Joey elab­o­rates, 'We wanted to span the gap be­tween peo­ple and the sci­ence - to show them easy ap­pli­ca­tions and habits that can be ap­plied to peo­ple's lives.'

The pair are ba­si­cally tak­ing the edge off of change. Ac­tiv­i­ties in their sec­ond re­treat, to be held Novem­ber 16th, 17th and 18th at a cot­tage in West Bolton, as well as in part each day at Spa Bolton, in­clude Laugh­er­cize, Ac­tor­cize, eye gaz­ing, REM hyp­no­sis, im­prov and time at the Bolton Spa, among other ac­tiv­i­ties. Ac­tiv­i­ties are de­signed to flow smoothly, and last ap­prox­i­mately thirty min­utes - al­low­ing peo­ple who feel less in­spired by one ac­tiv­ity to look for­ward to other el­e­ments to come.

Twelve dif­fer­ent en­vi­ron­ments at the spa lend them­selves well to the con­cept of change stim­u­lat­ing one's brain. 'We made this re­treat en­joy­able to cre­ate - and that re­ally avoided the stress as­so­ci­ated with bring­ing peo­ple to­gether for an ex­pe­ri­ence.'

Al­bert: 'One of our main rules in lead­ing these re­treats is that we could pro­pose an ac­tiv­ity, and then when par­tic­i­pants asked why it was neu­ro­genic, we would have in­for­ma­tion to ex­plain how it fit into brain growth.'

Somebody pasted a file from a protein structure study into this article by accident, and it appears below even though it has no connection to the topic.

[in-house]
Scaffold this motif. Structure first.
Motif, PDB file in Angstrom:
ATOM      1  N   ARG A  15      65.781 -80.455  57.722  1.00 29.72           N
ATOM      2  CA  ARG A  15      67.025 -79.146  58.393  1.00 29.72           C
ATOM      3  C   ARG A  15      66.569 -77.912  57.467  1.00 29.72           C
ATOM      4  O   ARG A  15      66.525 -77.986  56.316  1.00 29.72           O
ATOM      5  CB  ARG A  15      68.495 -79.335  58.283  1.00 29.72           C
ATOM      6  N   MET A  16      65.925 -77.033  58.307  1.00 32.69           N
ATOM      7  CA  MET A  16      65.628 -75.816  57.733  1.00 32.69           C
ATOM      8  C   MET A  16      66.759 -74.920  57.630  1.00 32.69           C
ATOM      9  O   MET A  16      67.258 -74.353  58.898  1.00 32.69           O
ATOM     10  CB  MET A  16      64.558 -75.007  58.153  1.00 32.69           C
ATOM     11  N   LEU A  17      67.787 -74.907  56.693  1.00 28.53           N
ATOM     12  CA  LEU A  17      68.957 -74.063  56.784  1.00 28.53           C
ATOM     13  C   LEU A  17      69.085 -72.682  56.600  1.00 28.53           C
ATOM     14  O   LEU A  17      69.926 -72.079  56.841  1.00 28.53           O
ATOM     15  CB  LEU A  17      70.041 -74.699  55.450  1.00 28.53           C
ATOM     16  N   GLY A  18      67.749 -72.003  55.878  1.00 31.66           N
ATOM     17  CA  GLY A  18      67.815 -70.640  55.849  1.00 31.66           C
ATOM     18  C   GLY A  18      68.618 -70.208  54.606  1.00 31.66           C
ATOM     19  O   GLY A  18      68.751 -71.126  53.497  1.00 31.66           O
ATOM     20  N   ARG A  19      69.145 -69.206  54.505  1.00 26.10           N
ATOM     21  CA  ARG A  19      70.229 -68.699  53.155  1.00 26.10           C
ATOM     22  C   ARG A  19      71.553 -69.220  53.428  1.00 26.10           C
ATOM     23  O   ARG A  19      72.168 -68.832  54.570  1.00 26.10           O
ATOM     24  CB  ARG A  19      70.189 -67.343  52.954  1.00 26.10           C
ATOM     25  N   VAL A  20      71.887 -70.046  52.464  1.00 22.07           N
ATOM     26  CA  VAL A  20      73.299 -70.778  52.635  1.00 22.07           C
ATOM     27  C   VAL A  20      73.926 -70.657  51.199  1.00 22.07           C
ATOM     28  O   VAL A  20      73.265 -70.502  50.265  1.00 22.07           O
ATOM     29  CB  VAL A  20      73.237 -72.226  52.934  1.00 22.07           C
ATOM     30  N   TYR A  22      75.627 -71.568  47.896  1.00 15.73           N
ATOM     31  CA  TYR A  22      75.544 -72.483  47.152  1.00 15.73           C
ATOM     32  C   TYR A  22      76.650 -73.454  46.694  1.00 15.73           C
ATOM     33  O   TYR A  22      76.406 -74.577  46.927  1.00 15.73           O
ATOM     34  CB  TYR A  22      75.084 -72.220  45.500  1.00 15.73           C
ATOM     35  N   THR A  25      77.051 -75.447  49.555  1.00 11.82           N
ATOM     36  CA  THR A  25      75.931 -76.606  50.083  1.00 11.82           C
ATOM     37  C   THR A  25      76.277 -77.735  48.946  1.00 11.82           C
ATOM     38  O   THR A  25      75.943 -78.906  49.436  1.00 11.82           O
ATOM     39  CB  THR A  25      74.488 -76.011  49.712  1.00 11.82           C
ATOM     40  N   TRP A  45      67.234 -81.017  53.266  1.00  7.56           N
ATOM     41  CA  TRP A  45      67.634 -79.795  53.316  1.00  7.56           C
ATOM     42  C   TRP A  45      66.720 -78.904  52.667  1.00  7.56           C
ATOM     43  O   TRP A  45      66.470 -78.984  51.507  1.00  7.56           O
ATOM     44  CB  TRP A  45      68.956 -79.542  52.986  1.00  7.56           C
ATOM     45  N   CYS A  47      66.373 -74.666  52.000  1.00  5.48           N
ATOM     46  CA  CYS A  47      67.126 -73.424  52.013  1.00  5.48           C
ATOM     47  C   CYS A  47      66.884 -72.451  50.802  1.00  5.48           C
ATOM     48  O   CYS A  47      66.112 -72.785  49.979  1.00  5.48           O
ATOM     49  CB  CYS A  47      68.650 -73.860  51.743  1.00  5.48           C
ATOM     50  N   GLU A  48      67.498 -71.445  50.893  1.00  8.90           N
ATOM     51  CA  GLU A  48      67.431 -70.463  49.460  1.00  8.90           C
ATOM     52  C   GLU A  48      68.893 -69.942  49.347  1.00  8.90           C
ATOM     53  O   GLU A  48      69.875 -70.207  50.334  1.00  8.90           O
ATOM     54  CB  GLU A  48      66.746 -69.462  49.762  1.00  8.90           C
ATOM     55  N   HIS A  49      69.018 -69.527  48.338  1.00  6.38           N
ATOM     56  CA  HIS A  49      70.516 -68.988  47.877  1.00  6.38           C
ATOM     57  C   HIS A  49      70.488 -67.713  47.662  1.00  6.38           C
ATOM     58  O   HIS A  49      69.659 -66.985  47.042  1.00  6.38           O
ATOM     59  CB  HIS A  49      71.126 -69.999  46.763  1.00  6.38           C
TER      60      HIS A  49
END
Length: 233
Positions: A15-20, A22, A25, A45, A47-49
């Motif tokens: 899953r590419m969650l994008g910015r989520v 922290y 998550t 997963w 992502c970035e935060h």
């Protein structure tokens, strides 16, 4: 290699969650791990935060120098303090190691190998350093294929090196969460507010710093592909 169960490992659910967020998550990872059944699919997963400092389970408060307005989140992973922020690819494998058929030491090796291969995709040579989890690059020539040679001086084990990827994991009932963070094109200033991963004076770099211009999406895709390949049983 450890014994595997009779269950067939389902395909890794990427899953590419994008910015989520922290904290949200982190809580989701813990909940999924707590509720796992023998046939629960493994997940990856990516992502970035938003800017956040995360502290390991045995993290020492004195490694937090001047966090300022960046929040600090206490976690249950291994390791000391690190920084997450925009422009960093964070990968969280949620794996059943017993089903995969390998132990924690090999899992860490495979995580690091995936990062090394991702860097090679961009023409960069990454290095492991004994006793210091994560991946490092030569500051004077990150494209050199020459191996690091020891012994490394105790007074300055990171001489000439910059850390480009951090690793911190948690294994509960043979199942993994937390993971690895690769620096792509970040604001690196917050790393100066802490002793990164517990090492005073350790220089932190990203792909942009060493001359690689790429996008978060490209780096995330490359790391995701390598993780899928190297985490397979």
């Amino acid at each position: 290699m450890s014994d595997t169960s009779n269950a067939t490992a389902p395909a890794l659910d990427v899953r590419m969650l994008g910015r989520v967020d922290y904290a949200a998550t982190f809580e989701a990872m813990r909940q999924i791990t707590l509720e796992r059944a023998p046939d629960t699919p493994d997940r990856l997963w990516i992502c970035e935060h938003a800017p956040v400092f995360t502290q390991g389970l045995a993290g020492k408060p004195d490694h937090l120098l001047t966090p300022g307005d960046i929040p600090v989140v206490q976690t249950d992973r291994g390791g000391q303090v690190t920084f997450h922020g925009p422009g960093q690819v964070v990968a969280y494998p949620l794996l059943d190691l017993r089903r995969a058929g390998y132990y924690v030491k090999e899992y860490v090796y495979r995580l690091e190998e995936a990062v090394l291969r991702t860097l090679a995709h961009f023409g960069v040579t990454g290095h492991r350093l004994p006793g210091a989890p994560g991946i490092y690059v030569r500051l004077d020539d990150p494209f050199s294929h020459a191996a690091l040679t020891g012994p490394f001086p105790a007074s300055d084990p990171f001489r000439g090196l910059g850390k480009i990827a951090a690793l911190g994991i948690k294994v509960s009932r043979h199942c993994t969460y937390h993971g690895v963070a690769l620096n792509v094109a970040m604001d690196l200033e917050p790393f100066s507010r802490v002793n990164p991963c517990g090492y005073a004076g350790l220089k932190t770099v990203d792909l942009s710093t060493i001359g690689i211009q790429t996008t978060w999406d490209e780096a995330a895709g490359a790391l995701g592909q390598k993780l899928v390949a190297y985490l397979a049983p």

He con­tin­ues, 'We're both re­ally busy peo­ple - but it is so much bet­ter to share this ex­pe­ri­ence with neu­ro­gen­ics. There were things we didn't ex­pect. The 'tribal' bond of just be­ing to­gether through the ex­pe­ri­ence of learn­ing about brain growth was a re­ally heal­ing part of the process.'

Sleep is con­sid­ered a crit­i­cal part of the neu­ro­gen­ics process, and so the group ac­tiv­i­ties will start as of 11:00 a.m. on both Satur­day and Sun­day.